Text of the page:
Editorial Open Access
Copyright ©The Author(s) 2020. Published by Baishideng Publishing Group Inc. All rights reserved.
Artif Intell Gastrointest Endosc. Oct 28, 2020; 1(2): 28-32
Published online Oct 28, 2020. doi: 10.37126/aige.v1.i2.28
Artificial intelligence in Barrett’s esophagus: A renaissance but not a reformation
Karen Chang, Department of Internal Medicine, University of California, Riverside School of Medicine, Riverside, CA 92521, United States
Christian S Jackson, Gastroenterology Section, VA Loma Linda Healthcare Syst, Loma Linda, CA 92357, United States
Kenneth J Vega, Division of Gastroenterology and Hepatology, Department of Medicine, Augusta University-Medical College of Georgia, Augusta, GA 30912, United States
ORCID number: Karen Chang (0000-0002-1523-1587); Christian S Jackson (0000-0003-4229-4206); Kenneth J Vega (0000-0002-2432-6123).
Author contributions: All authors planned the editorial and reviewed all data included; all authors wrote the editorial and revised it for intellectual content; and approved the final submitted version; Vega KJ is the editorial guarantor.
Conflict-of-interest statement: All authors have no conflict of interests to declare.
Open-Access: This article is an open-access article that was selected by an in-house editor and fully peer-reviewed by external reviewers. It is distributed in accordance with the Creative Commons Attribution NonCommercial (CC BY-NC 4.0) license, which permits others to distribute, remix, adapt, build upon this work non-commercially, and license their derivative works on different terms, provided the original work is properly cited and the use is non-commercial. See: http://creativecommons.org/Licenses/by-nc/4.0/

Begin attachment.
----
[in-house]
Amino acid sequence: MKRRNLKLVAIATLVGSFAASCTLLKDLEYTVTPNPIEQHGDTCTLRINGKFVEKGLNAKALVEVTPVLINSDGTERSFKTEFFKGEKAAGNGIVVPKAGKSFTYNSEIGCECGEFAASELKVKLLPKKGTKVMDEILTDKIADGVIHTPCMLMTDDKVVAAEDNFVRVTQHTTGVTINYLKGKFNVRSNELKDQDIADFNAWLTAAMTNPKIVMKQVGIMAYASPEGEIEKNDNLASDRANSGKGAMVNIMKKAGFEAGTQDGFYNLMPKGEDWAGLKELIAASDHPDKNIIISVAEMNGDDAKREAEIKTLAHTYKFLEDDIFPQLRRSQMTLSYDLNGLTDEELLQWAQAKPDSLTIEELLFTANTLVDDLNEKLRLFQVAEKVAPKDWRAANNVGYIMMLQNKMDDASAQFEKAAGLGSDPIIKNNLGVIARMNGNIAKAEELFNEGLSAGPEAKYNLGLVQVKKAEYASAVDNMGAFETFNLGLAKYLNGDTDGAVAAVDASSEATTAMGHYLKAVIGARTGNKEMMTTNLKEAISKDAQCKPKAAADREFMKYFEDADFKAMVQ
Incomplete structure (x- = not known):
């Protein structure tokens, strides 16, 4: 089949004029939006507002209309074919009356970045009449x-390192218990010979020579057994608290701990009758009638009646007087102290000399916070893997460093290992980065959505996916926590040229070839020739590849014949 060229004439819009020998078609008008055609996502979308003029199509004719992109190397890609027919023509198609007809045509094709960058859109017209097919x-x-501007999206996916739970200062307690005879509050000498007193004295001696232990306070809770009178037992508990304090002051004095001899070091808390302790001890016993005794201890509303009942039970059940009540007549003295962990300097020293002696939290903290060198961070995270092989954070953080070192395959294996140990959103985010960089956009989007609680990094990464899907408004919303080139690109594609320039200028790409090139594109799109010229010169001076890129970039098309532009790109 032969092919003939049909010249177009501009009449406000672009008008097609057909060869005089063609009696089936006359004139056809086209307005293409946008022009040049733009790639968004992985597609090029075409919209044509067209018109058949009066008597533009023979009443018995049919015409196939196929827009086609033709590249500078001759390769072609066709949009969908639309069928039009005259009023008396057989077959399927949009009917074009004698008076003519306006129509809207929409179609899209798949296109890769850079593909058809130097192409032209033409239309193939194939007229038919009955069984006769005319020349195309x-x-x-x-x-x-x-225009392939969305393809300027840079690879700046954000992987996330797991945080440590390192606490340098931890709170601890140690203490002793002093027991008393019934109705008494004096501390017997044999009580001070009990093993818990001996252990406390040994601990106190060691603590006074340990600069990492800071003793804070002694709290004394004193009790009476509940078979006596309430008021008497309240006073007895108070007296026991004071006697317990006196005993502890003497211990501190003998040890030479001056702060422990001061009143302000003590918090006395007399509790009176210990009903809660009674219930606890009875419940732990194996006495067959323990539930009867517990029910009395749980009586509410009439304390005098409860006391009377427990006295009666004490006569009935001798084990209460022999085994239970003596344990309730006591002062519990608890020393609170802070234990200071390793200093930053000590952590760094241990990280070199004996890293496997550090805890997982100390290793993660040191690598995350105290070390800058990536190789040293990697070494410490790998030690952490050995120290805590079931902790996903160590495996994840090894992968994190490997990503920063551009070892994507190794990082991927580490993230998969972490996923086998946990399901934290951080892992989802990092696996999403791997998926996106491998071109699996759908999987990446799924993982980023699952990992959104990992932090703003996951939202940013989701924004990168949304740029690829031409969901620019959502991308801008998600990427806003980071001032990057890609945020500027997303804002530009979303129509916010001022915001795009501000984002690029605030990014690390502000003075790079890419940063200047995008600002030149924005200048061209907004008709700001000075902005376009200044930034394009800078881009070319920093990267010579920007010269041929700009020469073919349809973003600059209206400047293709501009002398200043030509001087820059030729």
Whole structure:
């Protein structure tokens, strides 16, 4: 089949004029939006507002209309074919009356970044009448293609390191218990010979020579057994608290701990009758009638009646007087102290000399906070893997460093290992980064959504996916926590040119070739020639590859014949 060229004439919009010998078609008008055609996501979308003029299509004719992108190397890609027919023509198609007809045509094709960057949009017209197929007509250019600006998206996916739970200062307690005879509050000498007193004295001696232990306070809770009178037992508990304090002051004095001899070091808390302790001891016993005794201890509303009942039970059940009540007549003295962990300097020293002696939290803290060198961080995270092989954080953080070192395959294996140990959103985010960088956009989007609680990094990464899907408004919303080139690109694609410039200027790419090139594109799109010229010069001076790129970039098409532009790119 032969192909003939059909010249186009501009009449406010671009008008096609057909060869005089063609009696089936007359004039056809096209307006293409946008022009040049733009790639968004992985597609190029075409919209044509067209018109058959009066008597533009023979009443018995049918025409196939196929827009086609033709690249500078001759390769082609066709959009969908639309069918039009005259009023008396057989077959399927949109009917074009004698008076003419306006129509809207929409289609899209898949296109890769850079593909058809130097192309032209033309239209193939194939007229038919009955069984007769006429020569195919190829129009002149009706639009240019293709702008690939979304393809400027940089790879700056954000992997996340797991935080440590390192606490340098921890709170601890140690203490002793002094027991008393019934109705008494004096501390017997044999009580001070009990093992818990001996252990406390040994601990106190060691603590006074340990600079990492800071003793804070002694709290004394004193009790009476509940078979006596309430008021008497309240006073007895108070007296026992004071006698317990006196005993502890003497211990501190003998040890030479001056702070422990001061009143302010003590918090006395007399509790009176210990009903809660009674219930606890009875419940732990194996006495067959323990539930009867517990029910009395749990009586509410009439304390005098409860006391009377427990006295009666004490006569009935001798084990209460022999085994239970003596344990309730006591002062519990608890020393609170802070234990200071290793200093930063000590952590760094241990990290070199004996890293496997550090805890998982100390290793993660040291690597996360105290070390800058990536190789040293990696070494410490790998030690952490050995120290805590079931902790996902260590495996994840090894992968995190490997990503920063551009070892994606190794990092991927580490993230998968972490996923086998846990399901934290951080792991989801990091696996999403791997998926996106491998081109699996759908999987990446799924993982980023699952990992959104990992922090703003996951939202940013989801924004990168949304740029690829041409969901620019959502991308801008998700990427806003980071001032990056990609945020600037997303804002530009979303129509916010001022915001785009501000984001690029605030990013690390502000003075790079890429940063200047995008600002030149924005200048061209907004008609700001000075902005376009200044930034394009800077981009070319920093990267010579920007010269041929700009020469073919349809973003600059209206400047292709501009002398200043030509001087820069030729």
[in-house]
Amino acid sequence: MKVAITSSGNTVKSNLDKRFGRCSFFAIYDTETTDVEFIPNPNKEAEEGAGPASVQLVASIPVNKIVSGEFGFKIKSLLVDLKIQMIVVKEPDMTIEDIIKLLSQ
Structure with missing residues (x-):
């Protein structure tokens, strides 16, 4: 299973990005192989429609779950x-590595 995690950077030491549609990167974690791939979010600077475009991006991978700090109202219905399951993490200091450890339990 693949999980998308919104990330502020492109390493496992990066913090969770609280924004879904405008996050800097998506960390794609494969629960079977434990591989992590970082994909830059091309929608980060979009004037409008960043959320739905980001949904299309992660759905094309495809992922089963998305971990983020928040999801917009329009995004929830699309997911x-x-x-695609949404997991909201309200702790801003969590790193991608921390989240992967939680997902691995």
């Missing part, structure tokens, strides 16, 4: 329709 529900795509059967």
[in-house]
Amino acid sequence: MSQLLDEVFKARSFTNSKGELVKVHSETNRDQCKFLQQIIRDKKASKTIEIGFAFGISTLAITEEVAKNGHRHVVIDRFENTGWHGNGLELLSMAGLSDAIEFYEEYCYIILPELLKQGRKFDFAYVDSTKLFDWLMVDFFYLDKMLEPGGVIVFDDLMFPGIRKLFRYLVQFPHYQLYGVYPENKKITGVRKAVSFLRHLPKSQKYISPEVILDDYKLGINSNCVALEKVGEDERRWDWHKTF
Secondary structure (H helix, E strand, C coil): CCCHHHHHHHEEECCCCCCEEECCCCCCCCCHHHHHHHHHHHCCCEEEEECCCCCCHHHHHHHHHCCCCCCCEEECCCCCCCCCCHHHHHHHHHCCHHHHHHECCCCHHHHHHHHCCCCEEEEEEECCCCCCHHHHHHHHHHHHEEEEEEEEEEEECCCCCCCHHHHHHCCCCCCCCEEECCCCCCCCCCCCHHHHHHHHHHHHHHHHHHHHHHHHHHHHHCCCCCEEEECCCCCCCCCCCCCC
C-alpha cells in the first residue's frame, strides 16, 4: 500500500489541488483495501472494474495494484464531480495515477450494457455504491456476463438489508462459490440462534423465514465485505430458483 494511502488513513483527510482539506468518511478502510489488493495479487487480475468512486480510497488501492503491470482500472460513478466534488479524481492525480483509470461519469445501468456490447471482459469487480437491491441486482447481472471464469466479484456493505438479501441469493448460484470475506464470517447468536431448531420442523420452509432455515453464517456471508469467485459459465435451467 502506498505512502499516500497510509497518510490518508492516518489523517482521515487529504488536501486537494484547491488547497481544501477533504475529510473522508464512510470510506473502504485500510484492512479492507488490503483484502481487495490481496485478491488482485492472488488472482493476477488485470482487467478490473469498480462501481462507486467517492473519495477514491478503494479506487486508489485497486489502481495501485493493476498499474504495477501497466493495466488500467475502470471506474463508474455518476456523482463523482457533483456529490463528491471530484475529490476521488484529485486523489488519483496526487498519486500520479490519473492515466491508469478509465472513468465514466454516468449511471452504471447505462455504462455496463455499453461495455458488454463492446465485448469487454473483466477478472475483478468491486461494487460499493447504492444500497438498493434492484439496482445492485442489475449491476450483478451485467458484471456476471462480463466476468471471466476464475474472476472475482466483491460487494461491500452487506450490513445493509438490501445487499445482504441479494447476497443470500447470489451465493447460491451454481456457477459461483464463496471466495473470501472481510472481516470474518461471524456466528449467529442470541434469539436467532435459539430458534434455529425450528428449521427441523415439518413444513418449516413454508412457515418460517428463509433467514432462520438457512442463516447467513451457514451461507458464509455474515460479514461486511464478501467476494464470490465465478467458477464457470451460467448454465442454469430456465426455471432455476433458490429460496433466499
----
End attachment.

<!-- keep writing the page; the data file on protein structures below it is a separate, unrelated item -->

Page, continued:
Corresponding author: Kenneth J Vega, MD, Professor, Division of Gastroenterology and Hepatology, Department of Medicine, Augusta University-Medical College of Georgia, 1120 15th Street, AD 2226, Augusta, GA 30912, United States. kvega@augusta.edu
Received: October 10, 2020
Peer-review started: October 10, 2020
First decision: October 22, 2020
Revised: October 26, 2020
Accepted: October 27, 2020
Article in press: October 27, 2020
Published online: October 28, 2020


Esophageal cancer remains as one of the top ten causes of cancer-related death in the United States. The primary risk factor for esophageal adenocarcinoma is the presence of Barrett’s esophagus (BE). Currently, identification of early dysplasia in BE patients requires an experienced endoscopist performing a diagnostic endoscopy with random 4-quadrant biopsies taken every 1-2 cm using appropriate surveillance intervals. Currently, there is significant difficulty for endoscopists to distinguish different forms of dysplastic BE as well as early adenocarcinoma due to subtleties in mucosal texture and color. This obstacle makes taking multiple random biopsies necessary for appropriate surveillance and diagnosis. Recent advances in artificial intelligence (AI) can assist gastroenterologists in identifying areas of likely dysplasia within identified BE and perform targeted biopsies, thus decreasing procedure time, sedation time, and risk to the patient along with maximizing potential biopsy yield. Though using AI represents an exciting frontier in endoscopic medicine, recent studies are limited by selection bias, generalizability, and lack of robustness for universal use. Before AI can be reliably employed for BE in the future, these issues need to be fully addressed and tested in prospective, randomized trials. Only after that is achieved, will the benefit of AI in those with BE be fully realized.

Key Words: Barrett's esophagus, Artificial intelligence, Machine learning, Cognitive neural networks, Computer aided diagnosis, Endoscopy

Core Tip: Screening and surveillance in patients with Barrett’s esophagus (BE) remain problematic in regards to accuracy and adherence. This occurs in spite of recom-mendations and advances in endoscopic imaging. Artificial intelligence (AI) algorithms assist in endoscopic evaluation of BE by identifying potential targets for biopsy. This may occur by increasing endoscopic efficiency and diagnosing accuracy by decreasing procedure time. AI in BE has been developed by expert endoscopists and appear to perform similarly among them. At this point, the benefit of AI in BE may be for use by non-expert endoscopists and trainees to maximize BE endoscopic evaluation.